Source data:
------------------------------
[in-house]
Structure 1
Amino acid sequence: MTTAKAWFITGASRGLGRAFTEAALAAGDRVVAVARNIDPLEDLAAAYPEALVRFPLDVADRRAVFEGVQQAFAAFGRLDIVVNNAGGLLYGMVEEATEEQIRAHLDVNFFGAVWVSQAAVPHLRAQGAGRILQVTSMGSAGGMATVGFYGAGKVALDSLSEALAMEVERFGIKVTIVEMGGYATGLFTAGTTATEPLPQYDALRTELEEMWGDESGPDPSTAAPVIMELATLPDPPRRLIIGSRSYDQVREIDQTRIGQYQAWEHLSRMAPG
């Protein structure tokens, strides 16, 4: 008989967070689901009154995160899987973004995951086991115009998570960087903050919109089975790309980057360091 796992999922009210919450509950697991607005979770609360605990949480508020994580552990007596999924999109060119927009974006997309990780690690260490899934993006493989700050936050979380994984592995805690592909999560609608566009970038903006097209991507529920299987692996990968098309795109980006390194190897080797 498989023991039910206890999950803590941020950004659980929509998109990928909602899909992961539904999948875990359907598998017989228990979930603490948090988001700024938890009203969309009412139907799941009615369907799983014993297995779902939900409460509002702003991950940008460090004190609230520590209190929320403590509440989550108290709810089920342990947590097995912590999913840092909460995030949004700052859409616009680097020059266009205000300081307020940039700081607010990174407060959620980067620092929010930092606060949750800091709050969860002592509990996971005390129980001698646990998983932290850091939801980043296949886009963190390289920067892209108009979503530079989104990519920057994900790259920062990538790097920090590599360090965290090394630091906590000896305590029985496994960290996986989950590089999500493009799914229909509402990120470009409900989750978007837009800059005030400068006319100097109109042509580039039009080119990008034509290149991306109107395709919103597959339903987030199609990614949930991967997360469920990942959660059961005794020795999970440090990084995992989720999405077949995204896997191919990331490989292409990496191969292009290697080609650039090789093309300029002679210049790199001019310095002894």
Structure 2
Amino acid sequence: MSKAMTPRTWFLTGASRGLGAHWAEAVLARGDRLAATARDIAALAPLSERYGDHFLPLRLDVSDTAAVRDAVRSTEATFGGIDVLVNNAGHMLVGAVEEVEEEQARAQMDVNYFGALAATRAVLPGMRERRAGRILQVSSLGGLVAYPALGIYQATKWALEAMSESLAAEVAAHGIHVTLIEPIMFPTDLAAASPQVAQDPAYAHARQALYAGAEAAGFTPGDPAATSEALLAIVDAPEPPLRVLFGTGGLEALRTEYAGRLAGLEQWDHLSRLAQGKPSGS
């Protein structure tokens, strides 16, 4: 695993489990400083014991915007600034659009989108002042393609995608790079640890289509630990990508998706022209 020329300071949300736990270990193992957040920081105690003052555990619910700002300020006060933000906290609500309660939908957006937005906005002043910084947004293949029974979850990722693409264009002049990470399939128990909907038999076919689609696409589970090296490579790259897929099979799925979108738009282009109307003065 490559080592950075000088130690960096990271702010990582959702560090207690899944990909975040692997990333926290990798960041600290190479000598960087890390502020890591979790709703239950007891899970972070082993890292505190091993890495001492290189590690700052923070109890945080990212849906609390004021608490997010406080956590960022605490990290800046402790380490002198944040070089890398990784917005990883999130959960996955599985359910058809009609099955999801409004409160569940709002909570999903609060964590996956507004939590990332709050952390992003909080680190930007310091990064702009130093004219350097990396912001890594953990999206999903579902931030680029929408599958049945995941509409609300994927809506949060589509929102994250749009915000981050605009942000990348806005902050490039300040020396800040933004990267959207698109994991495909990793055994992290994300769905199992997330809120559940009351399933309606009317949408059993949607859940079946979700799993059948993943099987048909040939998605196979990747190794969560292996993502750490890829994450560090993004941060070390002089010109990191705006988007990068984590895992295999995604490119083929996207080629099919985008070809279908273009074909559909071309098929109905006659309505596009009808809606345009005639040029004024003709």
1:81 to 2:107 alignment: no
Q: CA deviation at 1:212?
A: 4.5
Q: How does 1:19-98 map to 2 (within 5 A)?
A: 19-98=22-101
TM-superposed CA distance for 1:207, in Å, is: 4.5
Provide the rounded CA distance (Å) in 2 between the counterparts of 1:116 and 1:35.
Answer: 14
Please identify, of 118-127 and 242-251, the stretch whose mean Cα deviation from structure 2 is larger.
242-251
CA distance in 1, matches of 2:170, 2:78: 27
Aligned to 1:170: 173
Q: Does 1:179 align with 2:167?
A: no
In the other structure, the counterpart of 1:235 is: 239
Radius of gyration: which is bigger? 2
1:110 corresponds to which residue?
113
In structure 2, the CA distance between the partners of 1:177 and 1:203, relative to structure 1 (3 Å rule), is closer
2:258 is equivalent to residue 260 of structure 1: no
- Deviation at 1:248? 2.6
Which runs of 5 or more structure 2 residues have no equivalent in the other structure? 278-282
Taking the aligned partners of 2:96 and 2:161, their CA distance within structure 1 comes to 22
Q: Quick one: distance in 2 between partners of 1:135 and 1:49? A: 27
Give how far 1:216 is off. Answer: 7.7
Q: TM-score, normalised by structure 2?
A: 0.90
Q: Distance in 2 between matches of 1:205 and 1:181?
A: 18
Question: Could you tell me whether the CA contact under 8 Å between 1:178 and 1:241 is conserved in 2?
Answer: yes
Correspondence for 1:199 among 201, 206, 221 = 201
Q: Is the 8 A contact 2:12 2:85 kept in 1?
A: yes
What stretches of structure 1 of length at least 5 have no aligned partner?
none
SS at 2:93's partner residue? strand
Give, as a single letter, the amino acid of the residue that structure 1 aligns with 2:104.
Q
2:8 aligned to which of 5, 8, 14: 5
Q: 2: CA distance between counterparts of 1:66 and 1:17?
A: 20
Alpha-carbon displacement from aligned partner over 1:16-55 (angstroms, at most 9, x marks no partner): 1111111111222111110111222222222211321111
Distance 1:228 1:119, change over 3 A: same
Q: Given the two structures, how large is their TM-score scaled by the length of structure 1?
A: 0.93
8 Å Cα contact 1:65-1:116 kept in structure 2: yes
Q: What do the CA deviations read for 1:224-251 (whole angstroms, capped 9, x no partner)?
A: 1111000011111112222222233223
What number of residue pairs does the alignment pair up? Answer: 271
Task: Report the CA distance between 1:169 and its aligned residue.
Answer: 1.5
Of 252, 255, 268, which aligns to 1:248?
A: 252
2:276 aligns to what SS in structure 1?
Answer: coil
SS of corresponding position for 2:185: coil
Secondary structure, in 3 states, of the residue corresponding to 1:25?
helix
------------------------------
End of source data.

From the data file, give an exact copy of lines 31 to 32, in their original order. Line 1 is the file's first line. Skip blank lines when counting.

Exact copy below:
Q: Quick one: distance in 2 between partners of 1:135 and 1:49? A: 27
Give how far 1:216 is off. Answer: 7.7